When Siddhant came back from work he saw that the front door of his two bedroom apartment was wide open. He kept his office bag down on the couch as his eyes scanned through the apartment. He saw that the closets were ajar with clothes lying all over the floor. Even the fridge door open, kitchen cabinets emptied and house in a complete disarray. “Must have been in a great hurry”, he thought to himself. He went inside his bedroom and was not surprised to see that the locker was open and the cash was missing. He felt a knot inside his stomach.
He called his brother but his phone was switched off. He paced across the hall for a few minutes contemplating his next move. He reached out for one of the open kitchen cabinets and fetched an old bottle of whiskey which he used either when he was ecstatic or morose. He made himself a drink and finally dialed 100.
‘Police station.’ said a coarse voice across the phone.
Siddhant immediately disconnected the line.
Hundred and fifty miles away, twenty-year old Atharv sat tight in the train moving towards Mumbai from New Delhi. He held his bag close to his chest as he looked out the window, his eyes fixated on the moon. It was an hour past the midnight and everybody around him was asleep except an old woman sitting right across. She had been oddly staring at him as if studying his every move. Atharv had dozed for just ten minutes when the train stopped at a busy station and the station clock struck thrice.
“Son, where are you going?” inquired the old woman.
Atharv pretended not to hear and continued staring outside the window.
“Son, can you get me some water? Here, take the money.” Said the old woman handing out a hundred rupee note. “You don’t know yet how old age can be. It’s a suffering and renders you helpless. It will take me an hour to walk using this useless cane.” She said pointing at a wooden stick. “The kids these days, they abandon you..” she muttered under her breath.
Atharv rolled his eyes as he continued to look outside the window. He glanced at the old woman and he had to admit that she looked quite tired and worn out. He observed that the food stall was right in front of their coach, “Maybe I should get this stupid old fuck some water so that she would shut up,” he thought feeling irritated.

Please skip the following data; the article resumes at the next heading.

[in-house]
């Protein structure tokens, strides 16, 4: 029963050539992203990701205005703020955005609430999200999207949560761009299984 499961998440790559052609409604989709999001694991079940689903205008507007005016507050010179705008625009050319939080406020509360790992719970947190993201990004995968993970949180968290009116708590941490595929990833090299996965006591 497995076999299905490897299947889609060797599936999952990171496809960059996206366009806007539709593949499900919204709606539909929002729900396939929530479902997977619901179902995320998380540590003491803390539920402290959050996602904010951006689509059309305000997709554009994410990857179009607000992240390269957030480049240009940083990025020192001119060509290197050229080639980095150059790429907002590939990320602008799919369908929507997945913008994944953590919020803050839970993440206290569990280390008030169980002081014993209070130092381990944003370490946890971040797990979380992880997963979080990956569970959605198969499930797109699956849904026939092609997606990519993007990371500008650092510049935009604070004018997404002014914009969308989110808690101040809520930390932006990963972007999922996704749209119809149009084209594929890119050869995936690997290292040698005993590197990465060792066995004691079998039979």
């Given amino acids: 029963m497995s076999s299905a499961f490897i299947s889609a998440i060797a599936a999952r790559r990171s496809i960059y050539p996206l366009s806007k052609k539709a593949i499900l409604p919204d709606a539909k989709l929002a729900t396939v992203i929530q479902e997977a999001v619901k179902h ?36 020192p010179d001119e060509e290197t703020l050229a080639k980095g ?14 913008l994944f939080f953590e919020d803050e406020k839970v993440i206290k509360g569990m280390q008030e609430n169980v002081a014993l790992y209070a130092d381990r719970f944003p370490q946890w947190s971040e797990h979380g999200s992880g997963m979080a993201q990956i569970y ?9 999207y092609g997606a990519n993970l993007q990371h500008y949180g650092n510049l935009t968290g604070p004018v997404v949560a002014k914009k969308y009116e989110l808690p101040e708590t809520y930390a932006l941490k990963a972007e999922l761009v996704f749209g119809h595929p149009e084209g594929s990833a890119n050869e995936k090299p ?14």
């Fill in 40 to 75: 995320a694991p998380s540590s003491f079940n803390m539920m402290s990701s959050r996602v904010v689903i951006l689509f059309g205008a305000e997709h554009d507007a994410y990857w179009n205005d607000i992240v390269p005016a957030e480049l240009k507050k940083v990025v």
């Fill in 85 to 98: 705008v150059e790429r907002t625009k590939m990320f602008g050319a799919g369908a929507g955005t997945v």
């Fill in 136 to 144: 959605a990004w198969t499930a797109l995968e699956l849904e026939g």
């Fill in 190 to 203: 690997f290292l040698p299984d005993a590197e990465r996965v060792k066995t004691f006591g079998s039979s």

“Fine. Look after my bag” responded Atharv.
Five minutes later, when Atharv came back with a ‘Rail Neer’ water bottle, he felt his heart in his mouth. His bag and the old woman, both were gone.
The trees outside the hospital window were glistening in the sunlight that bathed them. Its bark was slightly arched in the middle but that did not mean it could be bent any further. The buzz in the air contrasted against the lull of the sky. The morphine in the blood stream made the heart beat a little louder which drowned the noise around and a sea of images flashed before Atharv’s eyes. The face of his mother. The time when he was eight and rode his bicycle in the narrow lanes of the city until he was convinced that he is lost. Then he would try to remember landmarks to reach back home as if he were in a new city. His fascination with puzzles. Then came a day when he realized he could stay in the conformity of the four walls and yet a kaleidoscope of thoughts could be unleashed by a piece of paper one-fourth the size of a postal stamp. He realized he could catch each one of these thread of thoughts which otherwise seem to slip away in consciousness. Soon reality lost its charm and started to appear a little shallow and a little tedious. ‘The rainbows in the head must not be diminished’ went the slogan. Somewhere between these layers, the fact that sub-consciousness arise from consciousness was misplaced.
He heard the faint voice of his brother at a distance and guilt washed over him.
“Would he be alright, doctor?” inquired Siddhant standing by Atharv’s bedside.
“He will take a few days before he can get back to normal. He consumed some extremely cheap quality substances which is more damaging to the body. Were you aware of his addictions?”
Siddhant sat quietly by the hospital bed as he saw his kid brother slowly blinking his grey eyes. He was confused if he knew or not about the events that led to this very moment of this day.
“I’m Sorry…” said Atharv in a meek voice.
“I am right here, buddy.”
“Oh my god! You stole from Uncle so that you could do drugs?” the thirteen year old gasped in astonishment.
“Yea, it was a phase.”
“Uncle must have been so angry with you.”
“He was relentlessly supportive.”
“But what made you give it up?”
“I just realized with time that there are other natural and sustainable ways to get high.”
“Like what? shrooms? Cheap and natural.” playfully teased the child.
“Like art. Like love. Like success. You just have to work a little harder for these good things and the rest follows.”
“Alright father, roger that.” the child grinned.
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